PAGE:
Live Action (Short Subject) Nominees

The LEGO Batman Movie

“You can’t be a hero if you only care about yourself.” – Gotham City Police Commissioner Barbara Gordon to the self-absorbed, caped-crusading loner, [LEGO] Batman.

That sentiment forms the foundation – the building bricks as it were– of the new LEGO Batman Movie, a spin-off of the 2014 animated gem in which Batman delivered some of the greatest zingers in toy superhero movie history. This time around, Batman aka Bruce Wayne is front and center, voiced once again by Will Arnett (Arrested Development) with a perfect blend of snark, self-awareness, and vulnerability. The LEGO Batman Movie doesn’t quite rise to the level of its predecessor, but it’s still pretty darn entertaining – especially for the grown-ups.

Here’s the gist: Batman’s nemesis The Joker (Zach Galifianakis) is wounded to the emotional core when Batman refuses to acknowledge the importance of their co-dependent hero-villain “relationship.” (Batman doesn’t do “-ships”). In retaliation, The Joker assembles a ragtag group of criminals and super-villains – everyone from Harley Quinn, Two-Face and Bane, to Voldemort, King Kong, and The Condiment King – to stage a hostile takeover of Gotham City.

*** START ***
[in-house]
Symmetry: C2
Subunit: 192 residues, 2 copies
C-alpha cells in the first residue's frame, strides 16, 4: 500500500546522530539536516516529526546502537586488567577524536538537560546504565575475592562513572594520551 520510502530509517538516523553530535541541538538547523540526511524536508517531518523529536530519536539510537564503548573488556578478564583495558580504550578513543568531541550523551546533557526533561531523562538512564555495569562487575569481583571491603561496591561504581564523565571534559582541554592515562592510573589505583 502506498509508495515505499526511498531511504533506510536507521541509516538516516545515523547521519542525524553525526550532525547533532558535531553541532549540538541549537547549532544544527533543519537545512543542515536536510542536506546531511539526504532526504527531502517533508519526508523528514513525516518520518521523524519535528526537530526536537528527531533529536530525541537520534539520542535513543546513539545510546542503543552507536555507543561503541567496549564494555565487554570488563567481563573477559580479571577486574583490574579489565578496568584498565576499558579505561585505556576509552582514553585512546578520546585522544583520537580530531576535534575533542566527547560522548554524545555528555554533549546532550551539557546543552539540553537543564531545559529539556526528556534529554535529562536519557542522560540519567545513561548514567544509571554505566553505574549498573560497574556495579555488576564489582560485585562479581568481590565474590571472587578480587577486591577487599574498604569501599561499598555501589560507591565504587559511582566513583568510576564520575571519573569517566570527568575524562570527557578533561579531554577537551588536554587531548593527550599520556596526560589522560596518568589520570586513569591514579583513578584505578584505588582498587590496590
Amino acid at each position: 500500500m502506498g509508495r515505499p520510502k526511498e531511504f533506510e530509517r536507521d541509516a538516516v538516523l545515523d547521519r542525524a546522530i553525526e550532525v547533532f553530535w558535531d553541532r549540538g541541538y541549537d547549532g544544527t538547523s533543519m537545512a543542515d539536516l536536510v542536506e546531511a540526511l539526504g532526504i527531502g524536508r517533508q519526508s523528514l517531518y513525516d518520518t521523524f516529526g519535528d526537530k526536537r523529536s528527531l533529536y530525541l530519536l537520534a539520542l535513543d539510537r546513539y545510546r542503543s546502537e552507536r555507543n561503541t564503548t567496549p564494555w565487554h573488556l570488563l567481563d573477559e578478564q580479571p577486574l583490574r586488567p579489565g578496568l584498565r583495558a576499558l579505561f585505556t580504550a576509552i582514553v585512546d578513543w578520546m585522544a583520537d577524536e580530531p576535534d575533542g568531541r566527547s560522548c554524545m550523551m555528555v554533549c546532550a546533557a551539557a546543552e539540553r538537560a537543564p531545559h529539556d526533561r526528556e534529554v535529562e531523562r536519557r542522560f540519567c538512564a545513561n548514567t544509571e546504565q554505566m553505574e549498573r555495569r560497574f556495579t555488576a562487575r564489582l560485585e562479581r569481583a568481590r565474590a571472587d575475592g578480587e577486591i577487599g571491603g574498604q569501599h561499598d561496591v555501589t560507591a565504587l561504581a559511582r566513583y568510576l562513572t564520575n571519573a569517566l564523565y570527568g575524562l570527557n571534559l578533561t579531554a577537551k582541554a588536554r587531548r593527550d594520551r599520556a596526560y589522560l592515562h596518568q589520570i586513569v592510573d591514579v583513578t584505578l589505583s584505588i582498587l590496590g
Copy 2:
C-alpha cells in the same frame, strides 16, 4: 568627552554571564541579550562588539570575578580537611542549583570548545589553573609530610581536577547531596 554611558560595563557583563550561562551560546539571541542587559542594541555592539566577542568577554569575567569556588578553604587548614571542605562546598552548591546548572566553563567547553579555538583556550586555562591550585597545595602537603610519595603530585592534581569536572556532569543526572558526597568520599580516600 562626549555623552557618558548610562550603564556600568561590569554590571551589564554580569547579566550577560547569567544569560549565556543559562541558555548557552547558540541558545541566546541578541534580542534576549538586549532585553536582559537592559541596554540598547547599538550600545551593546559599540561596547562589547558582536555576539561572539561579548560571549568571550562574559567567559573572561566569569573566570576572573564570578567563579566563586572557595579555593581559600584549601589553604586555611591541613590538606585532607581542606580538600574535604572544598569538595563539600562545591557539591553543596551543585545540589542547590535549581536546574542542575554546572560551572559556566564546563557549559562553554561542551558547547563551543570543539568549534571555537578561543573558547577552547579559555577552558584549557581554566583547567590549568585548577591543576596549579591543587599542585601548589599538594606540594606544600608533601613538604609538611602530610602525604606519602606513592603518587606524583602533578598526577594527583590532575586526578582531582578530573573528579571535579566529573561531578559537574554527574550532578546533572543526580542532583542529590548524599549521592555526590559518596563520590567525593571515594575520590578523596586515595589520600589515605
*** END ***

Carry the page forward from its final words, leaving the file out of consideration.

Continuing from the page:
Meanwhile, Gotham’s new Commish, Barbara Gordon (Rosario Dawson), isn’t one to just flash the Bat Signal and sit on the sidelines. She insists on working with Batman to preserve and protect her beloved city. But Batman balks. As far as he’s concerned, it’s bad enough when he has to make nice with the likes of Superman (Channing Tatum), Green Lantern (Jonah Hill), and the rest of the Justice Leaguers. He’d much rather battle the bad guys on his own, then isolate himself in the Bat Cave or the Wayne Manor theater room watching Jerry Maguire while chowing down on microwaved lobster thermidore. The only exception: his father figure/butler/gadget guru Alfred (Ralph Fiennes). Things start to change, however, when Bruce Wayne unwittingly adopts an orphan kid named Dick Grayson (Michael Cera) and becomes reluctant superhero dad to a pants-less sidekick who likes to call himself “Robin.”

The LEGO Batman Movie manages to preserve the basic history of the DC Comics icon, while comically mocking every iteration of the Caped Crusader through the years, from the corny 1960s Adam West version to the critical punching bag that was last year’s Batman v Superman: Dawn of Justice. It’s not a flawless pursuit, but it’s hard not to smile throughout most of the movie. The action, witty dialogue and running gags – from the opening credits to the “obligatory pop song” at the end— make The LEGO Batman Movie a sweet, sarcastic, and welcome escape from our current, [fill in the blank] reality. KAPOW! BOOM! WHACK! Enjoy.

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